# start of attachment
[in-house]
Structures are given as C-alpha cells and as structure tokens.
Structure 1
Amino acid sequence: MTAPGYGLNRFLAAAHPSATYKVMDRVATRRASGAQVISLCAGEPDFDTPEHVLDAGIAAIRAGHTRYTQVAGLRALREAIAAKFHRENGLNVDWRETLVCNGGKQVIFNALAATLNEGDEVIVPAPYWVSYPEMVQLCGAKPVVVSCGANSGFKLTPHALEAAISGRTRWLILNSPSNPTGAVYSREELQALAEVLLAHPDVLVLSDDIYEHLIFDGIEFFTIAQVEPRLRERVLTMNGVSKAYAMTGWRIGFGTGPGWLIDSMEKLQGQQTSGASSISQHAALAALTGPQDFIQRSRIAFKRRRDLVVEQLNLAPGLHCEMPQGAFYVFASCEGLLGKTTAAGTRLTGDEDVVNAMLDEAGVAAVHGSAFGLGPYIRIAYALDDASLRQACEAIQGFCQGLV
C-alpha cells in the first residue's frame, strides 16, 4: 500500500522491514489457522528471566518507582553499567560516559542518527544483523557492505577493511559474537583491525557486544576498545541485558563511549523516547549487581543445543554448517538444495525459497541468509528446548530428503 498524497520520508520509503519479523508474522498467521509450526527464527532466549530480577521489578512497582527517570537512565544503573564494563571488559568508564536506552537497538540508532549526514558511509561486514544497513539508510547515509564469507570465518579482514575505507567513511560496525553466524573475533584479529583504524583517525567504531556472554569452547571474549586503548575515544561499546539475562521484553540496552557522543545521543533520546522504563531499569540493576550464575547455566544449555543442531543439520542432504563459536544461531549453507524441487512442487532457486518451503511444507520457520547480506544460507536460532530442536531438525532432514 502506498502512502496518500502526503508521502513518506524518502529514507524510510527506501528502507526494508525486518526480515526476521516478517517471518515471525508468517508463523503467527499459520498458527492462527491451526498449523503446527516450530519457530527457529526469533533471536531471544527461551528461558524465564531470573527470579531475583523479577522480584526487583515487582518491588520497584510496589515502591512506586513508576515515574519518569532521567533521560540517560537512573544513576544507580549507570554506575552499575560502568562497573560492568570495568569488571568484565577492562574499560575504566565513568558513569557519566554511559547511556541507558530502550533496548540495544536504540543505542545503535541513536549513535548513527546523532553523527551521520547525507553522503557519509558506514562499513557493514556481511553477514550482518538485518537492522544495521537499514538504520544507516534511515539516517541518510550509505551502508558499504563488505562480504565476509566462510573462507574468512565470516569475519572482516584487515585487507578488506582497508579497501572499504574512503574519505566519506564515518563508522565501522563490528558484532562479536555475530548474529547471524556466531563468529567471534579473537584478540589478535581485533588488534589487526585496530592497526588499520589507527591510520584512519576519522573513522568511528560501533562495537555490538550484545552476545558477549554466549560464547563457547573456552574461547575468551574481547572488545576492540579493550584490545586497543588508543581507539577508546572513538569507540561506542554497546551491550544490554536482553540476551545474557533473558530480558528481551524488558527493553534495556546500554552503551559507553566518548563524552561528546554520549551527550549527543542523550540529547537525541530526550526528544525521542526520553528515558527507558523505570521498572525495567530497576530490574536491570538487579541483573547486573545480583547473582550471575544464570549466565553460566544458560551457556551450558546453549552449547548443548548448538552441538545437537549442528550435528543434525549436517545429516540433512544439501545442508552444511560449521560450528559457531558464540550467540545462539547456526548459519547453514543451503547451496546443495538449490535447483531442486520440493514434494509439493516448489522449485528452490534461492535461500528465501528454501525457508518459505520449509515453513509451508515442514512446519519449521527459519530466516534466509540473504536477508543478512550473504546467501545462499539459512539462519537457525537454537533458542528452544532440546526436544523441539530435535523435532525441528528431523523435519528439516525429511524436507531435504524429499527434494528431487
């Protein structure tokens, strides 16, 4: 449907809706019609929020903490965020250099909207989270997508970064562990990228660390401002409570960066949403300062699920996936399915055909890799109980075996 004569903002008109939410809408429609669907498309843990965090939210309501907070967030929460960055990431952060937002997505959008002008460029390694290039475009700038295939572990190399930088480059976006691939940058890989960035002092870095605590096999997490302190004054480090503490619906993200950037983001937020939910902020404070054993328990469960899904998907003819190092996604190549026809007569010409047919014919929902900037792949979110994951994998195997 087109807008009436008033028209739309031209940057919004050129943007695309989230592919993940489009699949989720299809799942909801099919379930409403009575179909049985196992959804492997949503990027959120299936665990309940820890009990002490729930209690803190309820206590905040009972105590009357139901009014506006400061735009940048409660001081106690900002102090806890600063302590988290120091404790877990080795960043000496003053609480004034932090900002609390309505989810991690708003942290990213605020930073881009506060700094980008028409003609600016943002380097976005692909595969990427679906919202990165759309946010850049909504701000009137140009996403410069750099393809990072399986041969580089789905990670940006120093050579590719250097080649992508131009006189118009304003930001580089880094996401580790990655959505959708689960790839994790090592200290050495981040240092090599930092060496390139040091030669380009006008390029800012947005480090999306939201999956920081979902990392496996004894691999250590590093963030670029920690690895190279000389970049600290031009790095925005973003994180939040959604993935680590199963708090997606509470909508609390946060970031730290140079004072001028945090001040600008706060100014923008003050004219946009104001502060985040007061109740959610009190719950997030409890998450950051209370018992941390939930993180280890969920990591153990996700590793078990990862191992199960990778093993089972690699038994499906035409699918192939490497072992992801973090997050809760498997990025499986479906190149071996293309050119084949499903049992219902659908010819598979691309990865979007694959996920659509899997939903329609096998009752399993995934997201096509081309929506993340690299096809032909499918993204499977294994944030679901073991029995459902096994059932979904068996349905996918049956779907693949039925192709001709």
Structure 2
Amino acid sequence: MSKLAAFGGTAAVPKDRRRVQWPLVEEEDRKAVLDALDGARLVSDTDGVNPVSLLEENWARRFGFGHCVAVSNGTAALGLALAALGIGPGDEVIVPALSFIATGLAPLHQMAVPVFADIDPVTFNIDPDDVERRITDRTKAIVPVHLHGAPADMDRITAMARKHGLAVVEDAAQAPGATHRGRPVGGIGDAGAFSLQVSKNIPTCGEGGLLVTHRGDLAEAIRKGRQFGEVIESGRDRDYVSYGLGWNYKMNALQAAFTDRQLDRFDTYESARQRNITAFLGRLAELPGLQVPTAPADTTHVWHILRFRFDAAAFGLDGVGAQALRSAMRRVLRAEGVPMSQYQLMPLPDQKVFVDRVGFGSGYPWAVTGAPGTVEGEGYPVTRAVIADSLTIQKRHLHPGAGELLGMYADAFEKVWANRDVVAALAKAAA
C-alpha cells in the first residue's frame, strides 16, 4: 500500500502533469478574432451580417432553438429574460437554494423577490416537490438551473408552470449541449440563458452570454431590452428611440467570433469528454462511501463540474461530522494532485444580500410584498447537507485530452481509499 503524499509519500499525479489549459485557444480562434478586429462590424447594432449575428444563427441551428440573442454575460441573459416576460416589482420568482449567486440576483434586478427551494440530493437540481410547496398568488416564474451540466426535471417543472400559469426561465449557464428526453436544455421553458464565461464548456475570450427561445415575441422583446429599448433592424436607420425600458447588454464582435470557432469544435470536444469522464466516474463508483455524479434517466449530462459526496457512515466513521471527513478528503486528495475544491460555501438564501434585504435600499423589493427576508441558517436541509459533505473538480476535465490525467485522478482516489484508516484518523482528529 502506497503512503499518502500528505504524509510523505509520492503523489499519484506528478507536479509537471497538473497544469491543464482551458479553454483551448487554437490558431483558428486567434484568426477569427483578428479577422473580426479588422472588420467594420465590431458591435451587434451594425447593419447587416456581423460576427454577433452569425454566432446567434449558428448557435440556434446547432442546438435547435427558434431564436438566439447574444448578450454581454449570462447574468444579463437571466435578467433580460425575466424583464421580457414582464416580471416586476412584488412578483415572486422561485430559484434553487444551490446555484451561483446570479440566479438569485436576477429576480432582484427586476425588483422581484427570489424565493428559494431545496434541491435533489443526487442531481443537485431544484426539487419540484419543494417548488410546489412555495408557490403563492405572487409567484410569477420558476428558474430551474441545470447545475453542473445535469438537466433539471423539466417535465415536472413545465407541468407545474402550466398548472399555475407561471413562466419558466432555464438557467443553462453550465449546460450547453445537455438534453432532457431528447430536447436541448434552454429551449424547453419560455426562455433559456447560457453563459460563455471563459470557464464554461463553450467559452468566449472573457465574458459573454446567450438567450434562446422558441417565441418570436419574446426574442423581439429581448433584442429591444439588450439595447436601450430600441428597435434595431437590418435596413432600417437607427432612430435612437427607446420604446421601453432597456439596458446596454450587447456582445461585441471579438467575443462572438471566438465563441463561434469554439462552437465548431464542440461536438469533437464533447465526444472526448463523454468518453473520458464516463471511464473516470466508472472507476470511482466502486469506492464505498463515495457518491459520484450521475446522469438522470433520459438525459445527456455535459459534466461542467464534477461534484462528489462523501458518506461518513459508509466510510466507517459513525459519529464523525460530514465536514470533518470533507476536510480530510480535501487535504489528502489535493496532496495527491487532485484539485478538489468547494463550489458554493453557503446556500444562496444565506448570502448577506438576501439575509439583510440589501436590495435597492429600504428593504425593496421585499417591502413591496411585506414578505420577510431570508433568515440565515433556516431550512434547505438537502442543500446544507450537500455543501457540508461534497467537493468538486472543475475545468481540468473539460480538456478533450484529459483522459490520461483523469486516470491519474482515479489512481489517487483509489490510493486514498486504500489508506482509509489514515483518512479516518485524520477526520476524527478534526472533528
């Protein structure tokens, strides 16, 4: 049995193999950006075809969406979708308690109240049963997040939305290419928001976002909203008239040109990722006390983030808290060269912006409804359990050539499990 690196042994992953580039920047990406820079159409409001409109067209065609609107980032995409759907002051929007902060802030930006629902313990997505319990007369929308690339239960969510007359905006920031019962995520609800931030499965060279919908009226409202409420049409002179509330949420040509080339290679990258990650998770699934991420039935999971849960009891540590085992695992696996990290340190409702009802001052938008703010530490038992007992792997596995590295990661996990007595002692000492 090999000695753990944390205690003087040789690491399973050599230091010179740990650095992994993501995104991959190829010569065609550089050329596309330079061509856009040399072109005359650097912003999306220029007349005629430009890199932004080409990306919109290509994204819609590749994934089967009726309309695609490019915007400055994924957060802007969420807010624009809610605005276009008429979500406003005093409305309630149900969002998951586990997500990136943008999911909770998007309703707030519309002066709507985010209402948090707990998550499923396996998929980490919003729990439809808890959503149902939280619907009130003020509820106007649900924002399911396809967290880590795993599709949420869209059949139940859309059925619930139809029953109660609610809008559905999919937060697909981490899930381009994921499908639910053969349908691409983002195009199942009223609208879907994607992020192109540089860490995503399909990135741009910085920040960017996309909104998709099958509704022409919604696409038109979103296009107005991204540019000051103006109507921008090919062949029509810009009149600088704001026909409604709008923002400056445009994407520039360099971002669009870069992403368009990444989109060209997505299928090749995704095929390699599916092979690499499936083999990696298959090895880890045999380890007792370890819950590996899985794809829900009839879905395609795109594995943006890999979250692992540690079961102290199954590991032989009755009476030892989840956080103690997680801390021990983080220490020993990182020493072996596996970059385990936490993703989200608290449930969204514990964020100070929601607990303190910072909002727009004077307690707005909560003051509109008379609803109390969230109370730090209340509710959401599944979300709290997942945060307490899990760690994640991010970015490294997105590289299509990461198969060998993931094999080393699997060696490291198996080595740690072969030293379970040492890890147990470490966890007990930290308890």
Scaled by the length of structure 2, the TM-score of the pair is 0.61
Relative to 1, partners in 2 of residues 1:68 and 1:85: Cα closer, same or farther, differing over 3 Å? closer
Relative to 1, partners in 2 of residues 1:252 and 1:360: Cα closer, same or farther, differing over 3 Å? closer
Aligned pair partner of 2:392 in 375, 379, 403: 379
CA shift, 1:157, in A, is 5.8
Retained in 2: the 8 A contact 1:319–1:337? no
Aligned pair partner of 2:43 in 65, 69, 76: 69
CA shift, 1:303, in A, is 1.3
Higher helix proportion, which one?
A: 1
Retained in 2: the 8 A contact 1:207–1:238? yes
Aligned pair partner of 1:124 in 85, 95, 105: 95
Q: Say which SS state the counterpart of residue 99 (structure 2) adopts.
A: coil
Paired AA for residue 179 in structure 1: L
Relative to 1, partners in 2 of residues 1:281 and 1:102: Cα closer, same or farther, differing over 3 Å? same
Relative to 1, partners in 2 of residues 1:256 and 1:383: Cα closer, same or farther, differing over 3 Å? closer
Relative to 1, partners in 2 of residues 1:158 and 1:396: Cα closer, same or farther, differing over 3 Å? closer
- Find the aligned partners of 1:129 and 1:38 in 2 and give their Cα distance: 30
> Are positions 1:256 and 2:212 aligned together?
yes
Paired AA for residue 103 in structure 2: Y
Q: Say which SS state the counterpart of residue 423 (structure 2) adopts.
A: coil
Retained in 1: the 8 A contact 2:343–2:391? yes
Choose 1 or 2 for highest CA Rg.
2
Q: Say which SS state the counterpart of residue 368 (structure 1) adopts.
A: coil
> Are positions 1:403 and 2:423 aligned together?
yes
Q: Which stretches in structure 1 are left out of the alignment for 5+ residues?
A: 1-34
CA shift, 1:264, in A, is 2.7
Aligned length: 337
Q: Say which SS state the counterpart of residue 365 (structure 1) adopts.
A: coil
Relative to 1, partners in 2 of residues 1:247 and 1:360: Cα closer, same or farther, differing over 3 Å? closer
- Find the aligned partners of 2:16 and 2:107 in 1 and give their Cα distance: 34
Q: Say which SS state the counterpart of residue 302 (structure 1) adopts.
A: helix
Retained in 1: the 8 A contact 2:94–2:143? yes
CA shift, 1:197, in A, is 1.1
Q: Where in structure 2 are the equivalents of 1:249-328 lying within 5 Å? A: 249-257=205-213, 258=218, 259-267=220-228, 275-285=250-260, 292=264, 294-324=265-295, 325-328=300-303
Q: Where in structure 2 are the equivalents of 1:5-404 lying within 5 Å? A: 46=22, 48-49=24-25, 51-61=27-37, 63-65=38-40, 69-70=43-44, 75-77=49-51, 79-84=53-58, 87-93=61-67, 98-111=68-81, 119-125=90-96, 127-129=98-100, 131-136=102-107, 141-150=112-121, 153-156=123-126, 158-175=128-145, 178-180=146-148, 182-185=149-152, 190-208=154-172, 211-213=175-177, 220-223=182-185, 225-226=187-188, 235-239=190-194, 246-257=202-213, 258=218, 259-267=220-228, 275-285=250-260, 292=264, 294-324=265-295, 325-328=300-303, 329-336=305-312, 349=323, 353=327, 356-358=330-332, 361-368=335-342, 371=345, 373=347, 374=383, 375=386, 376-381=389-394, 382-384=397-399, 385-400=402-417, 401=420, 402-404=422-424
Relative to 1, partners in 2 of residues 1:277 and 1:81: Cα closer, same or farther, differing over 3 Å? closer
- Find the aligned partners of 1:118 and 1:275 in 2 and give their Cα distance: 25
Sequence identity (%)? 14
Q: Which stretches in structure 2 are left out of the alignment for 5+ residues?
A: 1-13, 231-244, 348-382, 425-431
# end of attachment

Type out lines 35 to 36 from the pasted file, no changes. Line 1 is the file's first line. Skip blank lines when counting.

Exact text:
Retained in 1: the 8 A contact 2:343–2:391? yes
Choose 1 or 2 for highest CA Rg.